Costco (NASDAQ: COST) will never be a sexy stock pick.
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The company moves slowly. It does not reinvent itself or beat other retailers to the punch when it comes to innovation. The warehouse club has only recently embraced the internet and its efforts in that space leave it well behind pure-digital players like Amazon and traditional brick and mortar chains including the resurgent Wal-Mart.
Costco is slow and steady, sometimes even boring and behind the times, but unlike many retailers it has nothing to fear as the way that many Americans prefer to shop continues to change. The warehouse club, with its membership-based business and its shopping as entertainment model has shown that it's immune to the changes sweeping through the malls and shopping plazas of first the United States and then the world.
That may change eventually. Perhaps someday people will find the idea of leaving their home for shopping absurd. But, for the foreseeable future, Costco has a business built on incredibly loyal customers who not only pay to shop there, but have increasingly been willing to pay more for the privilege in the form of enhanced membership.
Costco has a model that works and executes it very well. Image source: Costco.
Why is Costco's model strong?
Unlike most retailers, Costco does not make the bulk of its income from sales. Instead, about 75% of its profit comes from membership fees. That means that while the chain's sales do impact its bottom line, its real business is keeping its members happy.
In recent years the company has been doing that very well. Costco's United States renewal rate has hovered around 90%, inching up steadily from 88% in 2010 to 91% in 2015. In 2016, despite the company making a difficult switch moving its rewards credit card from longtime provider American Express to Visa, renewal rates barely budged.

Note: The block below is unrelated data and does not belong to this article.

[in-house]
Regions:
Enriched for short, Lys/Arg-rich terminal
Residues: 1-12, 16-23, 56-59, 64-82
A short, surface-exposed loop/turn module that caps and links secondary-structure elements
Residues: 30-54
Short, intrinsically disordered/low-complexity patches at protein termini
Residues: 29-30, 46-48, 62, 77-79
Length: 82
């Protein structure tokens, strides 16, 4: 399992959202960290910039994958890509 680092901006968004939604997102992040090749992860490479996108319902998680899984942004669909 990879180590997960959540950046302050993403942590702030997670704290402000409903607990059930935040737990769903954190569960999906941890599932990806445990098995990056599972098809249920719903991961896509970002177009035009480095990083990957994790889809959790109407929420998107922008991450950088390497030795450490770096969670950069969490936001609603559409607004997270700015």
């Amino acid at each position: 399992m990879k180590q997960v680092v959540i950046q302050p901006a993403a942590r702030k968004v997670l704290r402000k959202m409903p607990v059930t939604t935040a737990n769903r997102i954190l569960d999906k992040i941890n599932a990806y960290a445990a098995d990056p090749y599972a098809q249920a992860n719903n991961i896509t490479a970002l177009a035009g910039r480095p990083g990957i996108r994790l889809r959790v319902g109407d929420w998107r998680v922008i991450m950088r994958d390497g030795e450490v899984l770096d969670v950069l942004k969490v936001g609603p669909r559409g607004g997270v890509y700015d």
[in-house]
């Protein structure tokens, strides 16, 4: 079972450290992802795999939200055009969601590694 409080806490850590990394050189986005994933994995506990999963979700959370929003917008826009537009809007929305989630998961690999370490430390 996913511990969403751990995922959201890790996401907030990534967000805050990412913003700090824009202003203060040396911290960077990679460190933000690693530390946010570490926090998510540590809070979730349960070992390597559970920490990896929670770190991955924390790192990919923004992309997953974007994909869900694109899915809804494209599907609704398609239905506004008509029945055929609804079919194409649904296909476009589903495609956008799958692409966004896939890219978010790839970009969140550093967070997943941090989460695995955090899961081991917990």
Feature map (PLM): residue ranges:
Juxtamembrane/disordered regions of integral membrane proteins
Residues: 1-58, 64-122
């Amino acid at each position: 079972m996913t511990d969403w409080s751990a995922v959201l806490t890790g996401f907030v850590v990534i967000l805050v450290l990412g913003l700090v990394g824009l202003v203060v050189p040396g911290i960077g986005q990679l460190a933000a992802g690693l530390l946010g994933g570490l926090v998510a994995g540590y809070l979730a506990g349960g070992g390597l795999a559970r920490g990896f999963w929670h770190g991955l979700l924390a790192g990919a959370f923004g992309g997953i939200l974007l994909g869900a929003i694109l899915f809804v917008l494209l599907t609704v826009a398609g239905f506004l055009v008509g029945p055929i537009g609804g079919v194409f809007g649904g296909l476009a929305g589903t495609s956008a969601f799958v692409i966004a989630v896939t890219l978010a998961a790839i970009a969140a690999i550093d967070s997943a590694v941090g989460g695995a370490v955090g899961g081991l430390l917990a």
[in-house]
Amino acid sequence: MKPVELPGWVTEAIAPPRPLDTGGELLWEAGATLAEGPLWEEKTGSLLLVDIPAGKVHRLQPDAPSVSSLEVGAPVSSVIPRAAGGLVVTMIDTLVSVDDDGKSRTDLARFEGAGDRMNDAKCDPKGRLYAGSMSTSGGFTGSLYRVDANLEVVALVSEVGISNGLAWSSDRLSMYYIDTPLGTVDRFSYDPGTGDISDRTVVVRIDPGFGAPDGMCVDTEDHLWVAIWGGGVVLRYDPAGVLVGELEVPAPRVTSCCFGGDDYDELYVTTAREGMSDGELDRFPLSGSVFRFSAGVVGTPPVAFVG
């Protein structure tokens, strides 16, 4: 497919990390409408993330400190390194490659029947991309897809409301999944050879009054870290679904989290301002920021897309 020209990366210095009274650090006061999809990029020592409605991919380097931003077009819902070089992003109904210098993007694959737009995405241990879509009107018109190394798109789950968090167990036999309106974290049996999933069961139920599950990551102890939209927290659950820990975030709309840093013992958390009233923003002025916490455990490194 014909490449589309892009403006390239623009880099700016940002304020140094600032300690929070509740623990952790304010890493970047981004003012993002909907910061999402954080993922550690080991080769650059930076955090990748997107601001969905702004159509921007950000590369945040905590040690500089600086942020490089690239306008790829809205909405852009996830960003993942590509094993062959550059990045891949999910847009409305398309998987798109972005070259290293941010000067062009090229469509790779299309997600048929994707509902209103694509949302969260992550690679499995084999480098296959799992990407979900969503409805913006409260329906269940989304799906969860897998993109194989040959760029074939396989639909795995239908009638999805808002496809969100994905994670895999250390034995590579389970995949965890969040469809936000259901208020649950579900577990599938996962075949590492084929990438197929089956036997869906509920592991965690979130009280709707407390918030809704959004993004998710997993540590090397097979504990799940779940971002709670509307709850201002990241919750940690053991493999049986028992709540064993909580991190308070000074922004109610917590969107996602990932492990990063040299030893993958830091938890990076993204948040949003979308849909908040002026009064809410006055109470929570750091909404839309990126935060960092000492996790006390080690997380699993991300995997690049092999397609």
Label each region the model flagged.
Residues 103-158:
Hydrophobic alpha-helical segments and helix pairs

In 2016 the warehouse club posted a 90.3% renewal rate in the U.S. and Canada. That's a tiny drop given the upheaval caused by the credit card switch. In addition, the company continued to convert Gold Star members, who pay $55 a year, to Executive Members, who pay twice as much in order to get 2% cash back up to $750 on purchases.
At the close of Q4 2016, Costco had 17.4 million Executive Members, a number that was a 370,000 increase. At the time, during the company's earnings call, which was transcribed by Seeking Alpha (registration required) CFO Richard Galanti noted that "Executive Members now account for a little over a third of our base and a little more than two-thirds of our sales, where Executive Members are offered."
Basically, Costco has moved a third of its members to a pricier membership where the customer is more loyal because he or she spends more. The chain added another 348,000 Executive Members in Q1 2017 and renewal rates in the U.S. and Canada stayed at 90.3%.
Costco stock has more or less steadily risen for five years. Image source: YCharts.com.
Savings plus experience
Costco members have proven exceptionally loyal because the chain offers good values. Pricing, however, is not the only reason people shop at the warehouse club.Going to Costco is more than just shopping. The chain's locations are destinations where you never quite know what you may find, and where the numerous samples and food court add to the experience.
While going to many retailers can be a chore, making them vulnerable to online competition, Costco has built a shopping experience that's fun. That ties consumers more strongly to the brand even if they don't buy very much. Walking through one of the chain's warehouses might lead to an unexpected purchase, trying a new food, or perhaps taking a picture with an eight-foot stuffed bear. Those things enhance your connection to the company and add value to your membership.
Costco will likely never show explosive growth, but it has steadily expanded including slowly growing its international footprint. As it has done that its membership has grown and its increase in membership has been steady. This is a chain that has a model that works and that it knows how to execute. That may not be as exciting as the latest concept in retail which may burn out, but it's a winning formula for the long term.
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Daniel Kline has no position in any stocks mentioned. The Motley Fool owns shares of and recommends Amazon, Costco Wholesale, and Visa. The Motley Fool recommends American Express. The Motley Fool has a disclosure policy.